The House of Commons is at this moment being asked to agree to the renunciation of its own independence and supreme authority—but not the House of Commons by itself. The House of Commons is the personification of the people of Britain: its independence is synonymous with their independence; its supremacy is synonymous with their self-government and freedom. Through the centuries Britain has created the House of Commons and the House of Commons has moulded Britain, until the history of the one and the life of the one cannot be separated from the history and life of the other.

 Do not be deceived. With other weapons and in other ways the contention is as surely about the future of Britain’s nationhood as were the combats which raged in the skies over southern England in the autumn of 1940. The gladiators are few; their weapons are but words; and yet the fight is everyman’s.

Speech at Newton, Montgomeryshire (4 March 1972), from The Common Market: Renegotiate or Come Out

It does not take much to see these views echoed in the present Brexit debate, from the European Research Group to Spiked and the Full Brexit.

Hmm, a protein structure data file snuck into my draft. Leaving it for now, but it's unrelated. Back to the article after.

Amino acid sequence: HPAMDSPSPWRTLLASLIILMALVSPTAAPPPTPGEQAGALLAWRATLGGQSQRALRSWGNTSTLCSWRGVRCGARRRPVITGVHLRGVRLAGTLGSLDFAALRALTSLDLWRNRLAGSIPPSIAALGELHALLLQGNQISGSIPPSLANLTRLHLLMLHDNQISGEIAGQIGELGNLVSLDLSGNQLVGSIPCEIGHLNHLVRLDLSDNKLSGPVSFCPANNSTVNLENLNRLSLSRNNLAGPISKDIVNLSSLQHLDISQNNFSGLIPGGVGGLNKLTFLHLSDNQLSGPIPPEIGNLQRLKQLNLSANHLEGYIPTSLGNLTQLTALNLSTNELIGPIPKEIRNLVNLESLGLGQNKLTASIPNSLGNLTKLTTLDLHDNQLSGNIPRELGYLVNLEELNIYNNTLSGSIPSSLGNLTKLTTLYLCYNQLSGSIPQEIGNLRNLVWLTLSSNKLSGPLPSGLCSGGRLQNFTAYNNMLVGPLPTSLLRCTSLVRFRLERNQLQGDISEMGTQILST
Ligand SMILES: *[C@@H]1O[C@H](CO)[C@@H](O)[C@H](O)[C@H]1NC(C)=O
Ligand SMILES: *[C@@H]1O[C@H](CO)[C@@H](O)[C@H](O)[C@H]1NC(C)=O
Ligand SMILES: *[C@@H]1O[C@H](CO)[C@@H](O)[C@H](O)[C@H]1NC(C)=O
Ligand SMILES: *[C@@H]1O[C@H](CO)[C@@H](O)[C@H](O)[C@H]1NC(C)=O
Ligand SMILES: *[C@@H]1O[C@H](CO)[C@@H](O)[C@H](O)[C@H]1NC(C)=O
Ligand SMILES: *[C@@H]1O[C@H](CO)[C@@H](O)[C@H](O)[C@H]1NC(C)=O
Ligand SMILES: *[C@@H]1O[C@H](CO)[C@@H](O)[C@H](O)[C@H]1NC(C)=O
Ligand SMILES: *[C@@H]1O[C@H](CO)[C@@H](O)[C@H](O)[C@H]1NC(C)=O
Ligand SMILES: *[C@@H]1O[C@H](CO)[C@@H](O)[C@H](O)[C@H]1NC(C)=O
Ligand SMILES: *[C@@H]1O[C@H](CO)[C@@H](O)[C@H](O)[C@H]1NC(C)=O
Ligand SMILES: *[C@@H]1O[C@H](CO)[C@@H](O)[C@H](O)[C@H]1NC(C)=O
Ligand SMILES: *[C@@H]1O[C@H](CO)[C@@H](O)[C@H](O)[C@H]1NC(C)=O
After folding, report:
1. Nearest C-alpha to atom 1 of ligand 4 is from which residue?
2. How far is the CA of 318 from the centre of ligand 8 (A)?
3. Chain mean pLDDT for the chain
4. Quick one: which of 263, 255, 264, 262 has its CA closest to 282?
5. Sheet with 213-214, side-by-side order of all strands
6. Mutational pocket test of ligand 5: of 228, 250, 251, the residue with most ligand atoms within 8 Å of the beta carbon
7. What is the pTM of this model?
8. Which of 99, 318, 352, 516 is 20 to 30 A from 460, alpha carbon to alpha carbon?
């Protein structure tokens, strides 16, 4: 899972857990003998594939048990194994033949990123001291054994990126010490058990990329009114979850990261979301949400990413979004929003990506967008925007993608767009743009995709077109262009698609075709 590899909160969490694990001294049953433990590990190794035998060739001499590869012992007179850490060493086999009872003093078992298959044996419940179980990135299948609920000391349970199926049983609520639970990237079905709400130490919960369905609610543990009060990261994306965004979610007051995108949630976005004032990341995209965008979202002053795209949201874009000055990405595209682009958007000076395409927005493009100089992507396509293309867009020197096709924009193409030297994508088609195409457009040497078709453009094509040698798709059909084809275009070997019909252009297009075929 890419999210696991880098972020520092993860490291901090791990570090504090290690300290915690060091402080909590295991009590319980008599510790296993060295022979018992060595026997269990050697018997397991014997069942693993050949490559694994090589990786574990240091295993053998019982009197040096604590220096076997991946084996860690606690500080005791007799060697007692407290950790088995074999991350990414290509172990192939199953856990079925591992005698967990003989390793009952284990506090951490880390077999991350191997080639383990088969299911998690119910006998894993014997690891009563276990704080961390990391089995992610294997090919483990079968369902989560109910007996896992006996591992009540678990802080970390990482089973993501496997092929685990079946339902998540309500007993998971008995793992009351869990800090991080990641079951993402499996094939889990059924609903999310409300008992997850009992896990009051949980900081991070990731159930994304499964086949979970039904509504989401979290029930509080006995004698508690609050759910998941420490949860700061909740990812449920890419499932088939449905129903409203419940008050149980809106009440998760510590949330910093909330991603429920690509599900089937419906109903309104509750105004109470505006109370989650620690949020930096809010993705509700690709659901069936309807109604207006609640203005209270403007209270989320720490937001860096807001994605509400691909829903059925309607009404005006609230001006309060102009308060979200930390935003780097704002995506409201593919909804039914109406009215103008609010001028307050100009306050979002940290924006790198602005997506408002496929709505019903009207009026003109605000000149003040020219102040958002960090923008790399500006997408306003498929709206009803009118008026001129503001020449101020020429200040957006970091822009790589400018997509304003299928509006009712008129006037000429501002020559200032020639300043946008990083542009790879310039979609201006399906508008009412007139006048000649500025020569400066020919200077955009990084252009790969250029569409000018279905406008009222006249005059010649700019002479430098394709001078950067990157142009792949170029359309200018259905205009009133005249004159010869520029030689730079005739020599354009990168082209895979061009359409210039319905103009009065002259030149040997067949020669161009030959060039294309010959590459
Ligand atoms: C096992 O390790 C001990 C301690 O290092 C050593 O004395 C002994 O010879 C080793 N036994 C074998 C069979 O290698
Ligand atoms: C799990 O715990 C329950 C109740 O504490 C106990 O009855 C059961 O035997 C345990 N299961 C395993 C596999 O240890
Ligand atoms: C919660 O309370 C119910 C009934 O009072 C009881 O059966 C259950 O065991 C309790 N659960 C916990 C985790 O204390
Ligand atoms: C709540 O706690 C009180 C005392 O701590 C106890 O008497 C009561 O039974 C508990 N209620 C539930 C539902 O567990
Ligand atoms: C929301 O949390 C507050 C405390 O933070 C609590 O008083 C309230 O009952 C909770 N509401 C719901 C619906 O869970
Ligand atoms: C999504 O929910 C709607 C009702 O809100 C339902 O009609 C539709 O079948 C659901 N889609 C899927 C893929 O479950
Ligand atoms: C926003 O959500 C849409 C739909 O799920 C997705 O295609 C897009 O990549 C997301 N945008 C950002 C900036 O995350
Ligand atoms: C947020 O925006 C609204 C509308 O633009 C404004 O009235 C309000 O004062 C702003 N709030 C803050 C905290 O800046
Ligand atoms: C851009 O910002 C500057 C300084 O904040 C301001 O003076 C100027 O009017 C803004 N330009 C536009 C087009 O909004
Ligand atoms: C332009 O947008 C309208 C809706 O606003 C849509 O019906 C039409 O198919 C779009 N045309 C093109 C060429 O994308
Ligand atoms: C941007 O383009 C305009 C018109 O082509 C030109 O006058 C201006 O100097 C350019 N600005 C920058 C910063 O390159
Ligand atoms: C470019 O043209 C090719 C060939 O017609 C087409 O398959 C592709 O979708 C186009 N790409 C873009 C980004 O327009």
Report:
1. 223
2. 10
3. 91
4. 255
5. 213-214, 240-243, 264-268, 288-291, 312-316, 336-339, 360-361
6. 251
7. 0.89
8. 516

Powell as a National Populist, with race, nation, People., Sovereignty, all welded together by a demagogue.

In 1974  Powell took this line:

Powell described British membership of the European Economic Community (EEC) as “if there be a conflict between the call of country and that of party, the call of country must come first” and went on to say: Curiously, it so happens that the question ‘Who governs Britain?’ which at the moment is being frivolously posed, might be taken, in real earnest, as the title of what I have to say. This is the first and last election at which the British people will be given the opportunity to decide whether their country is to remain a democratic nation, governed by the will of its own electorate expressed in its own Parliament, or whether it will become one province in a new European superstate under institutions which know nothing of the political rights and liberties that we have so long taken for granted.